Rob Harle

The title of Ranu Uniyal’s latest volume of poetry tantalises us with the promise of a delectable feast of poems. This wonderful book does not disappoint our expectations.


This is Ranu’s third book of poems in English, the previous ones were; December Poems (2012) and Across the Divide (2006). Her poems appear in numerous anthologies and have been translated into a number of other languages. She is currently Professor of English at Lucknow University.

“The Day We Went Strawberry Picking in Scarborough is a celebration of the myriad shades of life. In a world of conflicting emotions, it becomes important to seek the irresistible joy that lies at the core of the human heart.” (back cover) The poem For the Prettiest Girl on the Campus (pp. 23 -24) expresses such joy, here the second last stanza;

Have you been told
how that very face
the face with a promise
and then chilled with sorrow
today has a matchless grin,
as she walks with pride

giving love and life.


As we read through the sixty poems we indeed get a sense of the “myriad shades of life”. Ranu’s poems are emotionally powerful, touching on the relentless forces of love, lust and longing. Her use of metaphor and the creation of indelible imagery is simply superb, her mastery as a poet is characterised by the use of plain, simple language to weave complex, intricate poems. Here is the last verse of the poem, At the Dancing Square – Chowk (p. 38)

A whiff of wisdom sits on her head. She opens her empty
fist and catches the fading star, like long lost siblings they
laugh at each other and promise to meet again. If not tonight,
she knows she will find a lover and watch him snap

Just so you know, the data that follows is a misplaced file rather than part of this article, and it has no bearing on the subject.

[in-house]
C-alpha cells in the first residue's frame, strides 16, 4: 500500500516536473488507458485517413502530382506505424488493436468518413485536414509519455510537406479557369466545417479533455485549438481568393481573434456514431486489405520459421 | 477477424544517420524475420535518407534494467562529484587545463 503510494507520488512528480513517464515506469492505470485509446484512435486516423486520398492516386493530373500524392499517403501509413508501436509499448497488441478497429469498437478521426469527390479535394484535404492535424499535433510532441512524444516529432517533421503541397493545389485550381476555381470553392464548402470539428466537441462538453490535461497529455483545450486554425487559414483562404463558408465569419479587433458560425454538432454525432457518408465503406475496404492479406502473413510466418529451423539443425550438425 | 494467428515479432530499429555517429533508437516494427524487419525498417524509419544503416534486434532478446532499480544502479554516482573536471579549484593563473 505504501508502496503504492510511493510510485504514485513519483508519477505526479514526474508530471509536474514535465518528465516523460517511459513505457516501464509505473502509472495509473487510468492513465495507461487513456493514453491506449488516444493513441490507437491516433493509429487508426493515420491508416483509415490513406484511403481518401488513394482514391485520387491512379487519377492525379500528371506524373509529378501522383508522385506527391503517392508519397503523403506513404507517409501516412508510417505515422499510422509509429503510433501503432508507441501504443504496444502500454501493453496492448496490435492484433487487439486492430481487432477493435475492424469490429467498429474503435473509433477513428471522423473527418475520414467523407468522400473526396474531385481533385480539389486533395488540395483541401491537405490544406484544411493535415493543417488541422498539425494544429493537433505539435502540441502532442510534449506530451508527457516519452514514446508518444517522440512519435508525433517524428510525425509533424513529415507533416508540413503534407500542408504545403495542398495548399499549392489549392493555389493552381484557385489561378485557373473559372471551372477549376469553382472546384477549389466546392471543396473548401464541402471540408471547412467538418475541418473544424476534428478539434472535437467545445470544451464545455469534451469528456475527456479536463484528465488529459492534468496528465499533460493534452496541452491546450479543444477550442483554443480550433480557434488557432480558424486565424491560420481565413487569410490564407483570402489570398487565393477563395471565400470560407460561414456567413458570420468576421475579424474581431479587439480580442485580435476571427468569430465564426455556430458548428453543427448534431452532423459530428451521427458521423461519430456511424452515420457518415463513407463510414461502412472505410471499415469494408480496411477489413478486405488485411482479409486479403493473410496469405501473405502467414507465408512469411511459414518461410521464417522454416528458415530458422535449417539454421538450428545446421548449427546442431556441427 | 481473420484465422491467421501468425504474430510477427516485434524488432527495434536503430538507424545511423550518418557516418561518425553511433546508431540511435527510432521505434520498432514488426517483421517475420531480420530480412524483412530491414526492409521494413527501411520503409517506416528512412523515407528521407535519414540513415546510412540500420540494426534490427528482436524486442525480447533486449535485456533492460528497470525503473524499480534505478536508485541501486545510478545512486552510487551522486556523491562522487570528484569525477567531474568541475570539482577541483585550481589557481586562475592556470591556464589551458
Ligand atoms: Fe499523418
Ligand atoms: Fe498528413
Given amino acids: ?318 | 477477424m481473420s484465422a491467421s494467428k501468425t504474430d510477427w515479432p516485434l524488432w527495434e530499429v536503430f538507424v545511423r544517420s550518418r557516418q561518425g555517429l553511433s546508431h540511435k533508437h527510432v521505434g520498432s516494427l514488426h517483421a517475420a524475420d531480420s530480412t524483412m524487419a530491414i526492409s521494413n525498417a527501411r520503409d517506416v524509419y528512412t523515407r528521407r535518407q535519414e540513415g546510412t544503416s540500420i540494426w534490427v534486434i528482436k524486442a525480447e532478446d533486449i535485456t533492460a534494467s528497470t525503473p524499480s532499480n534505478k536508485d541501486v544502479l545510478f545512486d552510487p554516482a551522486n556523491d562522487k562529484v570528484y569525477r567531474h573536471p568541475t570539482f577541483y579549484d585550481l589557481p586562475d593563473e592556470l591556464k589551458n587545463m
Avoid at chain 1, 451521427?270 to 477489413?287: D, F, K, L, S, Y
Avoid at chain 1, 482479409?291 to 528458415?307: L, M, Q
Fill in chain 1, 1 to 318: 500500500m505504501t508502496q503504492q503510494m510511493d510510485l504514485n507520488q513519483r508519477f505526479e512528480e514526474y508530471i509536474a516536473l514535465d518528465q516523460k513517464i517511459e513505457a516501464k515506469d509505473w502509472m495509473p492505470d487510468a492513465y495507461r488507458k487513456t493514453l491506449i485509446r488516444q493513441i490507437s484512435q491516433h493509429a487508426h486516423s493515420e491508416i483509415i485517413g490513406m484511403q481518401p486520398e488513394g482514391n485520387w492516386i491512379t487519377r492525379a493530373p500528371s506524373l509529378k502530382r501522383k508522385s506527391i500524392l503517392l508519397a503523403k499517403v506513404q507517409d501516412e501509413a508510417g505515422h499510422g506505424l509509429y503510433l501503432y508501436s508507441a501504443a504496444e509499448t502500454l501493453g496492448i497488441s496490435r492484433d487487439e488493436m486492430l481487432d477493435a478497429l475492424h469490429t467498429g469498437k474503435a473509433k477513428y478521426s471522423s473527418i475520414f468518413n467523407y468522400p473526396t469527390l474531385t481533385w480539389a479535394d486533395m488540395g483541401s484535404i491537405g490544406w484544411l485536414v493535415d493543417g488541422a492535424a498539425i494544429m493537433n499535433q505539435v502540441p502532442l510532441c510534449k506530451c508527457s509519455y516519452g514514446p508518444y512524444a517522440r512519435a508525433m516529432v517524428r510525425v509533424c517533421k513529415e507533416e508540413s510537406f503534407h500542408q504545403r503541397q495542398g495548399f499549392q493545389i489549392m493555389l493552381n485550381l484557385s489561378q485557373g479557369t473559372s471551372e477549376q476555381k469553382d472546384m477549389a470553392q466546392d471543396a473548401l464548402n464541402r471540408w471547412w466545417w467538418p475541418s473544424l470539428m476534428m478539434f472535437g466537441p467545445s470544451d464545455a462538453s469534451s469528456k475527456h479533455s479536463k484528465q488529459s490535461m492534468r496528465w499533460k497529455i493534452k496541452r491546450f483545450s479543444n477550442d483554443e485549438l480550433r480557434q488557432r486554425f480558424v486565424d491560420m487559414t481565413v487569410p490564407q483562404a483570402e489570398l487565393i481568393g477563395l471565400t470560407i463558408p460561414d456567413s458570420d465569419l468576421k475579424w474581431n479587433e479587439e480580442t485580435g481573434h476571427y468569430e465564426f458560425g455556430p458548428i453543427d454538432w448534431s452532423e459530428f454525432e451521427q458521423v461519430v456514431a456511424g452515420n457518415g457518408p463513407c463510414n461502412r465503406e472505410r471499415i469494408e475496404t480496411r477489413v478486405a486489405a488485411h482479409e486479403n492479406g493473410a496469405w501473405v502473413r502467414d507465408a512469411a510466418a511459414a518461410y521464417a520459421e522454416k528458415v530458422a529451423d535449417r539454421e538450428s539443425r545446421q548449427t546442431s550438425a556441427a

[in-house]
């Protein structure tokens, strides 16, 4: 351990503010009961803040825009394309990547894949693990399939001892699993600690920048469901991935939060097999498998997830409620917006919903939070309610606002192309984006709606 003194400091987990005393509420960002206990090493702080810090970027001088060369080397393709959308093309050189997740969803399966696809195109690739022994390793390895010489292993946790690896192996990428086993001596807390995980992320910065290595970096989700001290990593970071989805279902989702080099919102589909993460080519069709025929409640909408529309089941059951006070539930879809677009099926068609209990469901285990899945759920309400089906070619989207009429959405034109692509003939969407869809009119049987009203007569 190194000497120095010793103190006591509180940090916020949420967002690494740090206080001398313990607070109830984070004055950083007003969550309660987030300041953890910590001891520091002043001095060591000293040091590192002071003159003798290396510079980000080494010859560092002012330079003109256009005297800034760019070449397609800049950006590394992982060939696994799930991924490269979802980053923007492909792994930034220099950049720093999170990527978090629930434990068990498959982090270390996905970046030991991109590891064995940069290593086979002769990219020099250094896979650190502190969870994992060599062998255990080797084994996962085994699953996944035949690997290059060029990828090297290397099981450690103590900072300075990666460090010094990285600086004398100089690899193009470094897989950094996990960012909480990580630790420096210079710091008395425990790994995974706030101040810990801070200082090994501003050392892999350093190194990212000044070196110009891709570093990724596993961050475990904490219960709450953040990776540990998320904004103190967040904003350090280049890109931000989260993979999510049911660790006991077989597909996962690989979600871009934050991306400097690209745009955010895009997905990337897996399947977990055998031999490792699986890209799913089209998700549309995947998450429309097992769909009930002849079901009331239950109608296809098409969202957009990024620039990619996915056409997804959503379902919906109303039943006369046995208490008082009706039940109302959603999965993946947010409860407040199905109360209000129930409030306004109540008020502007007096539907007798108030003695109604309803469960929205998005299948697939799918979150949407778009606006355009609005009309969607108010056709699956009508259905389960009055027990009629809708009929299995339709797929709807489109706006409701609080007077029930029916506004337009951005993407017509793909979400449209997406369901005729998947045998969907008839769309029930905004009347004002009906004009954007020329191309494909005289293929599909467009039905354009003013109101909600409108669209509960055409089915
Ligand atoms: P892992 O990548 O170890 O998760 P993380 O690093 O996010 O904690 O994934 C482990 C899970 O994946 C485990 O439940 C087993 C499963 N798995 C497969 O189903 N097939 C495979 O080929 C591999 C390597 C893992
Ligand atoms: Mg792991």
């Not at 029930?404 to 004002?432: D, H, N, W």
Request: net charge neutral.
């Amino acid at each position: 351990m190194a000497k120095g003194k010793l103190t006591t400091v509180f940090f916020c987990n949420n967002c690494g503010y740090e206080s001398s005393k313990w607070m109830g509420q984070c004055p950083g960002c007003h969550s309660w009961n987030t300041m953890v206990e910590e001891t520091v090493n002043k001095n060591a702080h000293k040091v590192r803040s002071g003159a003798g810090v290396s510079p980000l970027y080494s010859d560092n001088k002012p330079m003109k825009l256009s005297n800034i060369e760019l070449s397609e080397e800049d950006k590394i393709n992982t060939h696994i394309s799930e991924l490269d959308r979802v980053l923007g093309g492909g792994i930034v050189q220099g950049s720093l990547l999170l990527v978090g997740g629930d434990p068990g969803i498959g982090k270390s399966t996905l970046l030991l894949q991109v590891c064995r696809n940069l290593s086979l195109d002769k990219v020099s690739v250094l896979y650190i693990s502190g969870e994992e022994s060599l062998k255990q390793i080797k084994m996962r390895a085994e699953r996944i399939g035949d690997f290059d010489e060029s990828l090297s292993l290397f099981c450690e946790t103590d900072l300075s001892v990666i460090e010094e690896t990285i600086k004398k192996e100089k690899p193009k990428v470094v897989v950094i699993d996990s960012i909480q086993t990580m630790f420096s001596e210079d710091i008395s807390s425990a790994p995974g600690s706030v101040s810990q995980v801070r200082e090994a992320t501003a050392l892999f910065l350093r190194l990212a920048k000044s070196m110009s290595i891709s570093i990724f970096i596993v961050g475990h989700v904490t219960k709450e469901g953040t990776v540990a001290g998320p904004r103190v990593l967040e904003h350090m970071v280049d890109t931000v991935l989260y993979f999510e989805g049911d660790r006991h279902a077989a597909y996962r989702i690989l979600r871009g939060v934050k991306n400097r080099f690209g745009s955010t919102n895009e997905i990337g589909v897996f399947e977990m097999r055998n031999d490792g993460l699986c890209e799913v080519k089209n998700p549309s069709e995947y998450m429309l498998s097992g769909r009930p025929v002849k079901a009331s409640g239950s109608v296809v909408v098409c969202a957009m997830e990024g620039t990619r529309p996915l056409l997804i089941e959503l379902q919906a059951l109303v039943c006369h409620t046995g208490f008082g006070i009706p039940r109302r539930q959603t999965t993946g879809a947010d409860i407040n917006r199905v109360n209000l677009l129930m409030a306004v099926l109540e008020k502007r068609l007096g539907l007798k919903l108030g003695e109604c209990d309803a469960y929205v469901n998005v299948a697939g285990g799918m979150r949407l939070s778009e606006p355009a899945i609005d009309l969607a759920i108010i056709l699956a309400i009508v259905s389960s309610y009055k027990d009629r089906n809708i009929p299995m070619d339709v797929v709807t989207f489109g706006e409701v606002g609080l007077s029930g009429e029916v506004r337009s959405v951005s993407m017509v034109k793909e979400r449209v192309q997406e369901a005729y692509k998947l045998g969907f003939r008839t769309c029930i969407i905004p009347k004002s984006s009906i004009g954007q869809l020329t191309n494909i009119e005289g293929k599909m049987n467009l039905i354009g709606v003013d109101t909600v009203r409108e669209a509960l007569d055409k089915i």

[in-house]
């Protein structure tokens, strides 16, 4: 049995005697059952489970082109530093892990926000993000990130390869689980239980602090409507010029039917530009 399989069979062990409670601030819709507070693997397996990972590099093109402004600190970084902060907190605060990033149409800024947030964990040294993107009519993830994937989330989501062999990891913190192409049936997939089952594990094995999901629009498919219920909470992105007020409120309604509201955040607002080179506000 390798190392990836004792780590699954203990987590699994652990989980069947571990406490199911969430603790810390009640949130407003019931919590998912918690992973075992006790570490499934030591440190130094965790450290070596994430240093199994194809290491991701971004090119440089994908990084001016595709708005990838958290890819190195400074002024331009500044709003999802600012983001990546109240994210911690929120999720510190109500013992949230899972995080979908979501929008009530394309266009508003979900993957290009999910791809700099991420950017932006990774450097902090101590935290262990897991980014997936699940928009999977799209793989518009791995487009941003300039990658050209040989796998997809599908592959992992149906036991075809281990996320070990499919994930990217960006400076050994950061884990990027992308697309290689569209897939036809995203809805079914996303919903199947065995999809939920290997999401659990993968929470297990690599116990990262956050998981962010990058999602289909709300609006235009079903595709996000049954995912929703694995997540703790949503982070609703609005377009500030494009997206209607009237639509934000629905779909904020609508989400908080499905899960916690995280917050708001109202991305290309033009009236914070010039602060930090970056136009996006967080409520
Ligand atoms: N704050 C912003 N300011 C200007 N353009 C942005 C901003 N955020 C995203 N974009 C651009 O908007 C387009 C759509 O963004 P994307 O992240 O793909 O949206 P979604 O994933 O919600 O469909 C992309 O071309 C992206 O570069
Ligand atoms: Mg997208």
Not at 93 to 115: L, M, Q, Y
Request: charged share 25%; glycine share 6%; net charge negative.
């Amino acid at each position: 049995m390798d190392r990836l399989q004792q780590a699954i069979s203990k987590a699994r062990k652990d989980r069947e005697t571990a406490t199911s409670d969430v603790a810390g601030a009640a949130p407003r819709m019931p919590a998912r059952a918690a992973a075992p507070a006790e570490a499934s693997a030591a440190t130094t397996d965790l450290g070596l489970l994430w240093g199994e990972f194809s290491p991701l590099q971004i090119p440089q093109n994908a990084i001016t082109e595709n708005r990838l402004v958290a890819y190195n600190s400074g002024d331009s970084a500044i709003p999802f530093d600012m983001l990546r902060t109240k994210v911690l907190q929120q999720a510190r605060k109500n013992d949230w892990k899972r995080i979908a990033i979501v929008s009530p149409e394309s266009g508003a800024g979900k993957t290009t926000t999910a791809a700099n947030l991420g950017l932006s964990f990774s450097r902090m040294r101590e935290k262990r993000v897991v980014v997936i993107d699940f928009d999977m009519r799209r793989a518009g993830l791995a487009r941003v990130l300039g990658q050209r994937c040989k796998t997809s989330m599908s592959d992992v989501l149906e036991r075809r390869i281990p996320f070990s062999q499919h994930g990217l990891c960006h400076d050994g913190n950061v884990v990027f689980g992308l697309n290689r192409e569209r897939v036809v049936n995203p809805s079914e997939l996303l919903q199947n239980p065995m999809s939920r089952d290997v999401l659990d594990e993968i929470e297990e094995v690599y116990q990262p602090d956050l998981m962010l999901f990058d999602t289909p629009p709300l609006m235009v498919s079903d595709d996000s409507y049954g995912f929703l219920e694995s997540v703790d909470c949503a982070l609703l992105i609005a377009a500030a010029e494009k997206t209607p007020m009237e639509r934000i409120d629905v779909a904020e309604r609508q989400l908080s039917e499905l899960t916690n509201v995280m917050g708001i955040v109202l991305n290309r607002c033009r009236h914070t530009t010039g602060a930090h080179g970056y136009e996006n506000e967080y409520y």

her dreams with eager lips and unsteady fingers.


Ranu favours normal free-verse style, with quite a few poems tending towards prose poems, all telling intricate, intimate stories as the above example shows.


Family concerns are important for Ranu, especially her bitter-sweet reflections concerning her mother, poems with provocative titles such as; Mother and the little I know about her (p. 66), Ma’s imperfect advice (p. 64), Mother’s instructions to a daughter who wishes to write ...... (p.31). Here are a few lines from the latter poem,

I must be ready to wait
for the spring to churn sorrows

into tales of celebration

and welcome each spray of autumn

without doubts and discomfort.


It is hard to find the “joy in the human heart” in Ranu’s poem, Ma’s imperfect advice (p. 64), this is a very powerful poem, actually my favourite in the whole book. I love the “blunt razors” and “barbed mirrors”, here is the whole prose poem for your consideration below:


Let go – my mother always taught me, never hold on to

people and memories, like blunt razors, barbed mirrors and

thistled saucers they will drive you mad if you hold on to

them. People and memories can be dangerous as Himalayan

blizzards, as punishing dust storms with their spanking

blaze, as frozen carcasses inside the Kedarnath shrine;

the ones that hurt and prick let them be. Even in strong

daylight they get at you and can swallow your entire day

leaving you with blisters and burns and you will find it hard

to start all over again. Fuggy minds are better left alone

rotting inside closed bodies. Parched skin fails to absorb

beauty and clarity that rests within, mottled mules have no

roads to climb. It is often much more refreshing to open

one’s house to an absolute stranger.


“Fuggy minds rotting inside closed bodies” indeed! In contrast to this astute worldly advice and penetrating insight, born of a lifetime of experiences we see a much softer poem in, For a father who taught me to smile, (p. 59) the first stanza;


My father’s face

soft and grizzly washes away

clusters of sadness and I get closer

to his smiles soaked in eternal bliss.

They are with me

those scattered shades

of a sunset in childhood

unwilling to disperse.


So, this is a fleeting glimpse of the feast offered in this latest book of Ranu’s poems – family, lovers, nature, the Divine are all here, presented for our enjoyment in Ranu’s unique and masterful poetic style. I thoroughly recommend this book to all students of literature and lovers of fine poetry.


Setu, October 2018